Penny
ADDconnect Moderator & Mom to Tween Boy with ADHD and LDs

Posted by adhdmomma on Jan 03, 2014 at 7:16pm

Hi. My name is Cat and I am a sixteen year old girl who is currently diagnosed with ADHD, PTSD, ODD, psychosis NOS, depression, severe anxiety, and learning disabilities. I know what ADHD is like for teens from first hand experience. Our minds have a problem where when we make mistakes, we don’t always learn from them. I myself always make the same mistakes over and over again and it drives my mom and dad nuts. It makes things worse when my mom says “I told you not to do that before, what are you…..stupid” To be perfectly honest it just makes me feel dumb and makes my depression worse. I wish that there was a way for me not to feel depressed. I also have trouble focusing and so when people tell me to concentrate and that I am a bad student because I am unfocused it makes me feel bad inside. Try to build up you teen’s self esteem. People with ADHD have it rough and we often receive nothing but criticism from people around us because of our quirky behaviour and inattention.

Posted by Catemily on Jan 04, 2014 at 12:08am

Thank you, all of you for your self descriptions.  I have just joined this group because my 13 year old daughter has always been so oppositional.  It is nice to get so feedback as to what her thoughts might be. I could never understand why she will barely talk..  I have learned a lot of what not to do by your stories.  smile

Posted by fedup on Jan 08, 2014 at 4:14pm

I know this is super late but I just joined the forum so if you still want my input… Also I apologize in advance for jumping around(ADHD clutter mind sorry)

I’m a 17 year old girl with ADHD. It’s hard to really start where to begin. Many great analogies I’ve heard are that it’s like walking around life with one of those tv’s that play like 3,000 channels and they’re all playing at once simultaneously, but you’re told to only watch one of them.  It can be extremely frustrating at times, especially in regards to school work because no matter how much you try to focus it can be hard. It can get to the point where youre focused on trying to focus so much that you aren’t paying attention. It also can be frustrating because it often takes us longer to do homework or work especially if we aren’t incredibly interested in a subject.  Careless errors also always seem to be there no matter how much I check my work. It’s not that we’re dumb, but sometimes people think we’re less intelligent because we see things differently. We see more and get distracted by things we find more interesting. One advantage of ADHD is the hyperfocus ability to focus on something we find interesting.  Sometimes I can help initiate this through caffeine or trying to bring out interesting elements to assignments.  I’m not sure about your daughter, but I like many ADHDer’s am a fidgeter. Yes, it actually does annoy us as much as it annoys you. We can’t help it. We’re just trying to spill over energy so we can focus. I really need to keep my hands moving to focus, whether it be notetaking, doodling, tapping etc. Some teachers have thought that I’m not paying attention to them because of it, but I find it easier to listen this way.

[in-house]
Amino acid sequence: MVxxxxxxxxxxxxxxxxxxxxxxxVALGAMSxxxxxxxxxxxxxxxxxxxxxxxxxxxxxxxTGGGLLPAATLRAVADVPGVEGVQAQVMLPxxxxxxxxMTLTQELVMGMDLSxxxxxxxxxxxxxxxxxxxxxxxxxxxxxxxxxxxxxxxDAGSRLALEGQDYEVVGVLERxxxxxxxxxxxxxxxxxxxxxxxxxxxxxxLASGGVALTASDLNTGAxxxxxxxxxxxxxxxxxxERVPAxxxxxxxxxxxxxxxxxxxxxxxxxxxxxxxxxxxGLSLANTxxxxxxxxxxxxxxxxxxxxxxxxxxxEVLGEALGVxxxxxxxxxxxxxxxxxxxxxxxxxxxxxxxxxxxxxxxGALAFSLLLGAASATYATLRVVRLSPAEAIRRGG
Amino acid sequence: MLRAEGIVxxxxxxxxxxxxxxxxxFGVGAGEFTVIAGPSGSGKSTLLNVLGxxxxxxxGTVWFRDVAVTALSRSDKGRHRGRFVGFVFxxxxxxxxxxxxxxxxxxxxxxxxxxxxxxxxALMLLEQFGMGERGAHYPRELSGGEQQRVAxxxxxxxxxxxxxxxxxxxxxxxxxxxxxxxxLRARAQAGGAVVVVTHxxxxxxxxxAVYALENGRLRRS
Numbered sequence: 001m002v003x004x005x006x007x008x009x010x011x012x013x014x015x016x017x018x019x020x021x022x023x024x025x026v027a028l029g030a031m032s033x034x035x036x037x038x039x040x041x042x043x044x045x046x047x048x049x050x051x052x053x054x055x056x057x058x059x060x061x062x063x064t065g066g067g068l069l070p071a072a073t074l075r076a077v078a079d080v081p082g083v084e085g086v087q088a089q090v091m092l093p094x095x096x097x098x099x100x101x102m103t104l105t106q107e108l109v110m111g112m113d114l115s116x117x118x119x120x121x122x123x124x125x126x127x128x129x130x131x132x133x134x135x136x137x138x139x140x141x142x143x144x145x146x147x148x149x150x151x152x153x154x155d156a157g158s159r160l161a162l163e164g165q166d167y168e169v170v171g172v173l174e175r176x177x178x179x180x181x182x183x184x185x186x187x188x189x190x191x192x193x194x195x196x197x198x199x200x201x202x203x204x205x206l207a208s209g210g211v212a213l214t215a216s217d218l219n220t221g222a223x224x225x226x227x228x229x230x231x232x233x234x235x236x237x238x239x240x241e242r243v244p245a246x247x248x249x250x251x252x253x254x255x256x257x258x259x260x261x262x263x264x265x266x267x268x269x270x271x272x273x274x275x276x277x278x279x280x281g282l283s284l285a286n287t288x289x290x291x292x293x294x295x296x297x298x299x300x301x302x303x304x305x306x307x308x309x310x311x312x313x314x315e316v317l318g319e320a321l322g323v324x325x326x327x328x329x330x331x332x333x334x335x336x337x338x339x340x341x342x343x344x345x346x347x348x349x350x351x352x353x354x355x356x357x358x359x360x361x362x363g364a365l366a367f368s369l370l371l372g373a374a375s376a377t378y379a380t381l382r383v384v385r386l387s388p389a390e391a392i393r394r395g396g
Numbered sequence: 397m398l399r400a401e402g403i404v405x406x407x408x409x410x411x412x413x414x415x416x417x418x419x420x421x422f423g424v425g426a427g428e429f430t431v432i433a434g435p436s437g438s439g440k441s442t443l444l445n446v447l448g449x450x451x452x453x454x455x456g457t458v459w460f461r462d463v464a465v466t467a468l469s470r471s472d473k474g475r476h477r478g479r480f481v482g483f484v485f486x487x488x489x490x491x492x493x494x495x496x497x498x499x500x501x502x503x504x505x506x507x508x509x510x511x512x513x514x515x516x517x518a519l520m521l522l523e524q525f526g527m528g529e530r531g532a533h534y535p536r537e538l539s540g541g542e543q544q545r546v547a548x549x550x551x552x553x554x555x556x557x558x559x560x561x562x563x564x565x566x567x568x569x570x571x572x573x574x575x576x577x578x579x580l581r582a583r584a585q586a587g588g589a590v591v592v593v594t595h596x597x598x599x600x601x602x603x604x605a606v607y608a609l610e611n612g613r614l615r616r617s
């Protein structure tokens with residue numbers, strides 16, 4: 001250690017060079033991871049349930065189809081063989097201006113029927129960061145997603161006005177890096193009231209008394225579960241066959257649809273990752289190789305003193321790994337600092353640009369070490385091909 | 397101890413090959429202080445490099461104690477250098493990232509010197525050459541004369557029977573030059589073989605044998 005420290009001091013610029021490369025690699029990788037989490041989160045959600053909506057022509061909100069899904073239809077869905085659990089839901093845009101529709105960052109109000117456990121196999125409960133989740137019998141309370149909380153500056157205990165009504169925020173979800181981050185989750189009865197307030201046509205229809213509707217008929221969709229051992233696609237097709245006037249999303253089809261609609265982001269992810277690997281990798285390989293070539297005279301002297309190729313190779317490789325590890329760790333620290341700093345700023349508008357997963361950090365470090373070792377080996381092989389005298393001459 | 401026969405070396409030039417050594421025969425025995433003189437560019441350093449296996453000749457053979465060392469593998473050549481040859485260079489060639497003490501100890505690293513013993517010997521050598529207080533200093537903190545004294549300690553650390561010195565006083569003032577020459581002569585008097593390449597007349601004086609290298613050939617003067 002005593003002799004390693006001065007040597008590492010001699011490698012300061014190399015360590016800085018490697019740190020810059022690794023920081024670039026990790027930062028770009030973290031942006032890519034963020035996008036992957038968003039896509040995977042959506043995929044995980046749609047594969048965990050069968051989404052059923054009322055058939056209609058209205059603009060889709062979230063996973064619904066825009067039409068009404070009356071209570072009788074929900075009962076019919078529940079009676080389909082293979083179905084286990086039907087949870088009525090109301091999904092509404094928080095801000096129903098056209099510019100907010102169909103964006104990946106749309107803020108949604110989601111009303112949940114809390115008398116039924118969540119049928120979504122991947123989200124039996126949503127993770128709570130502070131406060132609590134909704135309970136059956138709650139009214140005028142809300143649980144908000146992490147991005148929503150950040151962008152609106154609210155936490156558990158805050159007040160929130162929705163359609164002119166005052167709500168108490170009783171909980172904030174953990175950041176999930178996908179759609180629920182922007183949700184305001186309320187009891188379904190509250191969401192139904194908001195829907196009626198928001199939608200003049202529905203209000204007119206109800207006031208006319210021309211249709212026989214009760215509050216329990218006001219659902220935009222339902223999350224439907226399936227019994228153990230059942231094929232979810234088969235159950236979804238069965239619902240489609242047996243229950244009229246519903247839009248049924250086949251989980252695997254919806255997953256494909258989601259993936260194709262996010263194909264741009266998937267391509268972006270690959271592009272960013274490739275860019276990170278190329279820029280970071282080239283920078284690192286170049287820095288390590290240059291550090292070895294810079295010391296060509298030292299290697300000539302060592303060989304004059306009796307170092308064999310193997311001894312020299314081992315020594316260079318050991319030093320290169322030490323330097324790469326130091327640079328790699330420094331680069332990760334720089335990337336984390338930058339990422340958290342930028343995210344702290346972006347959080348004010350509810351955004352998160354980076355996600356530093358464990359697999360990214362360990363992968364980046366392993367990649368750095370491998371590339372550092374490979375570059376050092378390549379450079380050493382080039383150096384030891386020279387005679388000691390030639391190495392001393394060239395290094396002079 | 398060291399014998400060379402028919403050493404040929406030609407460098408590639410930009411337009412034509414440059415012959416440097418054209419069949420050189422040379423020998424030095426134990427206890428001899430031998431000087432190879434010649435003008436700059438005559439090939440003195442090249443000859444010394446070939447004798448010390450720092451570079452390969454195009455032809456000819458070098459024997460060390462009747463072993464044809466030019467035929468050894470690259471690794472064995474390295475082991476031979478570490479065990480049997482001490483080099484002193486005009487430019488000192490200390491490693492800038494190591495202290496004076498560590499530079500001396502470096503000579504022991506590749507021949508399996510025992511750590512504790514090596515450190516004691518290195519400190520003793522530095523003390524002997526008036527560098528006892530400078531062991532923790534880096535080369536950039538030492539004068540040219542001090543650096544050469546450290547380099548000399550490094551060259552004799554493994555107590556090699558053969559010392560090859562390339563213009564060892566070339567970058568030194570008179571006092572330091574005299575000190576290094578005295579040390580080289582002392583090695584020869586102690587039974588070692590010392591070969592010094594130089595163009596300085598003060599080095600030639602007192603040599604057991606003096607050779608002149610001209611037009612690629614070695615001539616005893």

It may seem backwards but I have found that limiting time or increasing distractions can help. Many ADHDers find a crowded coffee shop or library or listening to music can actually help them focus. I often listen to a white noise soundtrack at the same time as music when doing homework. I also play water polo and swim and I have felt that getting stress and extra energy out through exercise can really help.
Overall just have patience and support.  Teachers and other people can be judgmental and not understand. We really are trying.  We don’t like to be thought of as a burden or stupid. We just see the world differently.  Tasks might take longer, please just have patience. We will say things we don’t mean. Most of us have bad tempers that root from the impulsivity.
I’m currently a junior in high school and for the most part have A’s with a few B’s.  It’s possible to get through it.

Posted by kcjingoes on May 22, 2014 at 2:03am

Hey! My name is Sidney and I am 18. ADHD often makes me feel confused and lost. I can be wanting to go do something and by the time I get ready to do it, I’ve already forgotten what I was going to do. Sometimes I’ll just be talking to someone and out of no where I’ll randomly blurt out something which sometimes ends up being rather inappropriate. I get angry easily, but I try to hold it in, which makes my mind feel like it is going everywhere and is going to explode. Sometimes I am really sensitive, but I also try to hide that, especially at work. When I am driving, I will often try to hurry and turn out in front of a car, even when I know I shouldn’t. That’s about all I can think of right now. Feel free to inbox me at .(JavaScript must be enabled to view this email address) if you have any questions or you can just ask me on here.

Posted by sidneydog on Jul 15, 2014 at 3:11am